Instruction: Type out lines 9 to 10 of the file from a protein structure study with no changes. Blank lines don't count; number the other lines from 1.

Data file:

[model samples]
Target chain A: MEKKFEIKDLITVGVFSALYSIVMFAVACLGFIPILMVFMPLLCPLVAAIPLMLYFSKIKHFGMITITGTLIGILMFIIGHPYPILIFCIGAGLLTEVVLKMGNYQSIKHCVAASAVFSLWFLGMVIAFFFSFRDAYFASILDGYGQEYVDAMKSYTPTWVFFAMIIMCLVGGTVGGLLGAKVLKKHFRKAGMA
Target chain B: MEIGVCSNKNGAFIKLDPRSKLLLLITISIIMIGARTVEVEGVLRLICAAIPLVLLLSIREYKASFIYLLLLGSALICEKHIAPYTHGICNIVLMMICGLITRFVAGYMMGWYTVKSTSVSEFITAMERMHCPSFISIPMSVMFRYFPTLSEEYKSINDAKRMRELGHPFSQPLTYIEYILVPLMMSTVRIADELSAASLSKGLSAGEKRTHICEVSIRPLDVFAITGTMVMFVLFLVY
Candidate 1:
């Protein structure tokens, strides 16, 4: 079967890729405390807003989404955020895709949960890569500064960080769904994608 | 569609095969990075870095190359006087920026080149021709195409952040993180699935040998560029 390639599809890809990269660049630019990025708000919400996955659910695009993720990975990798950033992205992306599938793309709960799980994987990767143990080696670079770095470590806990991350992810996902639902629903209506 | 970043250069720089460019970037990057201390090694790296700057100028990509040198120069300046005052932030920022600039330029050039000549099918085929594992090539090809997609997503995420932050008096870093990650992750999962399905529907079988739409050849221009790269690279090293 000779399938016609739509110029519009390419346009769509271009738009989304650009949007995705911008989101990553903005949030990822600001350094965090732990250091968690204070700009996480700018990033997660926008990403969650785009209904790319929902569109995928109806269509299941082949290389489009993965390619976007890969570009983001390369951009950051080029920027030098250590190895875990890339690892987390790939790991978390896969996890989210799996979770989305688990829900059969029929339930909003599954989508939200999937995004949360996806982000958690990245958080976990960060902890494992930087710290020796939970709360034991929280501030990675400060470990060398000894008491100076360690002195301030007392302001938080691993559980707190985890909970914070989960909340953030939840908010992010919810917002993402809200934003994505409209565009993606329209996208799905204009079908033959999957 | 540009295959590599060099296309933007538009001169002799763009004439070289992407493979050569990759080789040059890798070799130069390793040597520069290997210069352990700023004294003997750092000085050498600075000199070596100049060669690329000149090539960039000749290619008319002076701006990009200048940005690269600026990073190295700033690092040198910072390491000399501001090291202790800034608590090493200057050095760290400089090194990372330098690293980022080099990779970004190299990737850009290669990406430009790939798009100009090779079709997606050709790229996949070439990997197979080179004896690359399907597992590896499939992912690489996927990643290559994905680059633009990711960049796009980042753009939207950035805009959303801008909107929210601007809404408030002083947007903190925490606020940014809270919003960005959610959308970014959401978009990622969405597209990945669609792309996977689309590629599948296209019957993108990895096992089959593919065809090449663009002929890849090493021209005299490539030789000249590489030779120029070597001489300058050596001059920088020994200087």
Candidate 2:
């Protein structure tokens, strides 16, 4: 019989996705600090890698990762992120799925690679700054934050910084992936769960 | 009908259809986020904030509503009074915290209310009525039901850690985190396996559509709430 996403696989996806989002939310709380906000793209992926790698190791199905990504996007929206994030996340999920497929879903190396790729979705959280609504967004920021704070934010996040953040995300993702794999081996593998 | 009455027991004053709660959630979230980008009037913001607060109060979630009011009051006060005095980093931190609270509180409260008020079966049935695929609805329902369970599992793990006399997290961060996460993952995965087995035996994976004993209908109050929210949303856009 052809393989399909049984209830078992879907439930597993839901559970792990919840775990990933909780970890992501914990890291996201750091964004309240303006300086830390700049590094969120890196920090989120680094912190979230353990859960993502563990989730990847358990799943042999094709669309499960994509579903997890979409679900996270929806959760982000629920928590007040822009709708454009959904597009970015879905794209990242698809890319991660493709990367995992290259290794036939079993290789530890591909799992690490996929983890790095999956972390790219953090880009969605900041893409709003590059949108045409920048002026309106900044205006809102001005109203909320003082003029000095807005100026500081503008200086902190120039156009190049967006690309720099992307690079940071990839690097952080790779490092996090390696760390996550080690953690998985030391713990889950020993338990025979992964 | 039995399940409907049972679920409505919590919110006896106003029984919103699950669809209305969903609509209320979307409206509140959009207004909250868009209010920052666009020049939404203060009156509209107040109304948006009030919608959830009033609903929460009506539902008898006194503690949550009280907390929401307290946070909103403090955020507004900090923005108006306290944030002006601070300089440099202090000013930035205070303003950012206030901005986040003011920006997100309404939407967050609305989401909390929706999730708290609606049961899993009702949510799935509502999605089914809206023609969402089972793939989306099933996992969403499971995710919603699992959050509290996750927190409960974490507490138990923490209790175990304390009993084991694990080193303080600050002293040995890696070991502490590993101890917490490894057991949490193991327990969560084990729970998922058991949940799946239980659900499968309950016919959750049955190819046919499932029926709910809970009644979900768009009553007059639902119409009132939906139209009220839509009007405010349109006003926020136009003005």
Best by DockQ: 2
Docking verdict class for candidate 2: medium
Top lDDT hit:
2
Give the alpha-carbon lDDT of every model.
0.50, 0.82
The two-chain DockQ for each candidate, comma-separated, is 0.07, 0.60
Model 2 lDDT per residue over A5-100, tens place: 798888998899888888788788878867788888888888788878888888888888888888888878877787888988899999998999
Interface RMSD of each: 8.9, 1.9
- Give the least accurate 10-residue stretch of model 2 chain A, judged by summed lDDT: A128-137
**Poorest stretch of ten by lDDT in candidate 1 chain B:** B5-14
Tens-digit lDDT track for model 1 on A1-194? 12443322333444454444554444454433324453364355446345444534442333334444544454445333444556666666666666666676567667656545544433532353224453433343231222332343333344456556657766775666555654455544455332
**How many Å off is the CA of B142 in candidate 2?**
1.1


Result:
Docking verdict class for candidate 2: medium
Top lDDT hit: